Palmer's Hit Songs Were Addicting

Publié le 9 Février 2010

A performer of elegance and taste, Robert Palmer made R&B-imbued pop/rock records that at their best were, as his 1988 smash expressed it, simply irresistible.


Palmer, 54, who died Friday in Paris of a heart attack, reached his career peak in the mid-'80s with 1986's No. 1 hit Addicted To Love, accompanied by a then-omnipresent video depicting the suave, besuited singer rocking out as blank-faced supermodels mimed behind him.

It's unfortunate in some ways that this gifted and versatile artist will be best remembered for fronting a non-performing group of haughty hotties. Certainly it was a memorable media moment that vividly defined superficial '80s glitz, and it led to Palmer's only No. 1 hit and a commercial heyday that lasted for five years.

But the slick image, which he had exploited as far back as his first solo album, 1975's Sneakin' Sally Through the Alley, tended to obscure Palmer's abundant talent and taste.

The British-born singer achieved little success with late-'60s progressive soul ventures Mandrake Paddle Steamer, the Alan Bown Set, Vinegar Joe and Dada. But after going solo, he consistently attracted top musicians and producers: On Alley, he was backed by legendary New Orleans band The Meters (later to evolve into the Neville Brothers). On follow-up Pressure Drop, he worked with funk-rockers Little Feat.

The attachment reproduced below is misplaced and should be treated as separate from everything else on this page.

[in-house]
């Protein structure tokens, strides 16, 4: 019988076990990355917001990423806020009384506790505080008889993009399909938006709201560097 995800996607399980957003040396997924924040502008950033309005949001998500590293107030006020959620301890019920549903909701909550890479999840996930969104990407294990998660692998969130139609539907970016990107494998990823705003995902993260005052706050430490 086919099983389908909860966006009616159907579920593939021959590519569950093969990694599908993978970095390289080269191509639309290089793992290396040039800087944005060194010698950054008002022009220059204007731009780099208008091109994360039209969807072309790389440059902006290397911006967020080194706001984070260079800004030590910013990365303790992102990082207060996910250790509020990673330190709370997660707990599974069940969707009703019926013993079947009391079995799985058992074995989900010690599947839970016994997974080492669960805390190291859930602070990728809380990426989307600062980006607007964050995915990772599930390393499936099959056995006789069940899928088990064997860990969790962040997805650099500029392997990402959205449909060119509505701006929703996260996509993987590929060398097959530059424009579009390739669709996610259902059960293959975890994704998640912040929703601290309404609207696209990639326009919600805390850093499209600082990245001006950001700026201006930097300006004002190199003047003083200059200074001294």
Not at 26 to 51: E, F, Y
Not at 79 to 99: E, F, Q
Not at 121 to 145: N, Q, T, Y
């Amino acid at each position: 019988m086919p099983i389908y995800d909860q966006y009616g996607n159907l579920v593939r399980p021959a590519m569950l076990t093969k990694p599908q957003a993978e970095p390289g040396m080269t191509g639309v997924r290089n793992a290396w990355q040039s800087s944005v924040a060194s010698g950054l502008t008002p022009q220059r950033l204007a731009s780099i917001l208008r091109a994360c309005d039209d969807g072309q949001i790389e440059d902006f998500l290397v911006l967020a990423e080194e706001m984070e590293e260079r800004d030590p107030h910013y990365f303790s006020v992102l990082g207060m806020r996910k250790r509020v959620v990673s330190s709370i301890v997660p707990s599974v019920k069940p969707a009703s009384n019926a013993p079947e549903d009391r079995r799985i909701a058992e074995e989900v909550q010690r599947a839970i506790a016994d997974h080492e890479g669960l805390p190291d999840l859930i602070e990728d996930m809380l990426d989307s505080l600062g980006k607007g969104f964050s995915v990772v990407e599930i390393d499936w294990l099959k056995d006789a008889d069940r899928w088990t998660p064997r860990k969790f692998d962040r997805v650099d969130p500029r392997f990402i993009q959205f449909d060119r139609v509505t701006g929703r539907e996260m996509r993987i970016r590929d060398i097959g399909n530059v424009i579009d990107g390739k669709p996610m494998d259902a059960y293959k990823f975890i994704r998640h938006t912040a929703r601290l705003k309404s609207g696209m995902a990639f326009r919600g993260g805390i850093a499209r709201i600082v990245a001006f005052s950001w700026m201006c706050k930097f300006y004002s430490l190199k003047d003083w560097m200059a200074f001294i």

In the '80s, he collaborated with Chris Frantz of Talking Heads and Cars hitmaker Gary Numan. In 1985 he famously teamed with Duran Duran's John Taylor and Andy Taylor and Chic's Tony Thompson to form Power Station, whose Some Like It Hot was a rock precursor to Addicted To Love.

Palmer wrote Addicted and the No. 2 Simply Irresistible, as well as the brooding, overlooked 1980 synth-pop single Johnny And Mary. But from the earliest days of his career, he displayed a knack for uncovering superb material to cover: Vinegar Joe performed the obscure, hypnotic Hearts & Flowers folk-rocker Rock 'n' Roll Gypsies, and the title songs of Palmer's first two solo albums were by New Orleans production wizard Allen Toussaint and reggae legends Toots & The Maytals.

Later he had hits with Moon Martin's Bad Case Of Loving You, Todd Rundgren's Can We Still Be Friends, The System's R&B hit You Are In My System, Cherrelle's smash I Didn't Mean To Turn You On and the Gap Band's sublime smooth-funker Early In The Morning.

In the '90s, Palmer's hitmaking days drew to a close, but he was able to indulge his taste for pop standards with the 1992 album Ridin' High and his lifelong love of R&B with 1999's Rhythm & Blues. His most recent album, Drive, released in May, emphasized the blues, but with typically quirky Palmer eclecticism: It encompasses the classic slow-blues plaint I Need Your Love So Bad (popularized by Little Willie John and Fleetwood Mac, among others) and ZZ Top's TV Dinners.

Ken Barnes (USA Today - 2003)
 

Rédigé par olivier

Publié dans #robert-palmer